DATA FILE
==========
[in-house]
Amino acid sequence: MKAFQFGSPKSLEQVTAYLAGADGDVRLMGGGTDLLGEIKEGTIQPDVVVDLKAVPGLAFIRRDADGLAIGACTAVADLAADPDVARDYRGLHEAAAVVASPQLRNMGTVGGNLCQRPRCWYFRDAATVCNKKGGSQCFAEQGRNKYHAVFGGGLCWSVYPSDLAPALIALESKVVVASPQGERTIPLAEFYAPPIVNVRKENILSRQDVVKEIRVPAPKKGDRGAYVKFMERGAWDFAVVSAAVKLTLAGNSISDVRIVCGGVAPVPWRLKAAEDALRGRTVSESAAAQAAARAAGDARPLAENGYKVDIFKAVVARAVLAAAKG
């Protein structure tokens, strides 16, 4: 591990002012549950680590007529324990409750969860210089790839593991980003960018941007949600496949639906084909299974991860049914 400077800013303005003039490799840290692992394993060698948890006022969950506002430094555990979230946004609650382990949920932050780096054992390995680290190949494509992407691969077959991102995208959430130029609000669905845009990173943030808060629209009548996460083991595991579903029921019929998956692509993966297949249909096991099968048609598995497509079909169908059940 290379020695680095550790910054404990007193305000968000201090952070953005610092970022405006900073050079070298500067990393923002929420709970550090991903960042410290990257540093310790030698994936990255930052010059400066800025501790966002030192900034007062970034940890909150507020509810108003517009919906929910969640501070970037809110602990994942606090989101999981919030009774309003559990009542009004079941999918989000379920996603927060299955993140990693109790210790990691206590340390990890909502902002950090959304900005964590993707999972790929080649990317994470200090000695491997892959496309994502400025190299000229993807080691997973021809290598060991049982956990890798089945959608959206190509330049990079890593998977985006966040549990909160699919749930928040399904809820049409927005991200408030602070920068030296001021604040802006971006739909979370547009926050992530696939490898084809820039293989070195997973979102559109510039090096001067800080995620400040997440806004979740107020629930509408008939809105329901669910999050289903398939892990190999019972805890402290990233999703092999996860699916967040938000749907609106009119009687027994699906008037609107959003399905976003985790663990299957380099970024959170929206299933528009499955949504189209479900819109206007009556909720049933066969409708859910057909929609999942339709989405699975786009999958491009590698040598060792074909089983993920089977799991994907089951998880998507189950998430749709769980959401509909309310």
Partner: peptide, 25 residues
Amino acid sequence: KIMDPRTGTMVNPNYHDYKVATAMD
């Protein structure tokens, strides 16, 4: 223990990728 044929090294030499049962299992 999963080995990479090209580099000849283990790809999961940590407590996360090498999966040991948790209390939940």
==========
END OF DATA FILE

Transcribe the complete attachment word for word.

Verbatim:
[in-house]
Amino acid sequence: MKAFQFGSPKSLEQVTAYLAGADGDVRLMGGGTDLLGEIKEGTIQPDVVVDLKAVPGLAFIRRDADGLAIGACTAVADLAADPDVARDYRGLHEAAAVVASPQLRNMGTVGGNLCQRPRCWYFRDAATVCNKKGGSQCFAEQGRNKYHAVFGGGLCWSVYPSDLAPALIALESKVVVASPQGERTIPLAEFYAPPIVNVRKENILSRQDVVKEIRVPAPKKGDRGAYVKFMERGAWDFAVVSAAVKLTLAGNSISDVRIVCGGVAPVPWRLKAAEDALRGRTVSESAAAQAAARAAGDARPLAENGYKVDIFKAVVARAVLAAAKG
């Protein structure tokens, strides 16, 4: 591990002012549950680590007529324990409750969860210089790839593991980003960018941007949600496949639906084909299974991860049914 400077800013303005003039490799840290692992394993060698948890006022969950506002430094555990979230946004609650382990949920932050780096054992390995680290190949494509992407691969077959991102995208959430130029609000669905845009990173943030808060629209009548996460083991595991579903029921019929998956692509993966297949249909096991099968048609598995497509079909169908059940 290379020695680095550790910054404990007193305000968000201090952070953005610092970022405006900073050079070298500067990393923002929420709970550090991903960042410290990257540093310790030698994936990255930052010059400066800025501790966002030192900034007062970034940890909150507020509810108003517009919906929910969640501070970037809110602990994942606090989101999981919030009774309003559990009542009004079941999918989000379920996603927060299955993140990693109790210790990691206590340390990890909502902002950090959304900005964590993707999972790929080649990317994470200090000695491997892959496309994502400025190299000229993807080691997973021809290598060991049982956990890798089945959608959206190509330049990079890593998977985006966040549990909160699919749930928040399904809820049409927005991200408030602070920068030296001021604040802006971006739909979370547009926050992530696939490898084809820039293989070195997973979102559109510039090096001067800080995620400040997440806004979740107020629930509408008939809105329901669910999050289903398939892990190999019972805890402290990233999703092999996860699916967040938000749907609106009119009687027994699906008037609107959003399905976003985790663990299957380099970024959170929206299933528009499955949504189209479900819109206007009556909720049933066969409708859910057909929609999942339709989405699975786009999958491009590698040598060792074909089983993920089977799991994907089951998880998507189950998430749709769980959401509909309310």
Partner: peptide, 25 residues
Amino acid sequence: KIMDPRTGTMVNPNYHDYKVATAMD
């Protein structure tokens, strides 16, 4: 223990990728 044929090294030499049962299992 999963080995990479090209580099000849283990790809999961940590407590996360090498999966040991948790209390939940």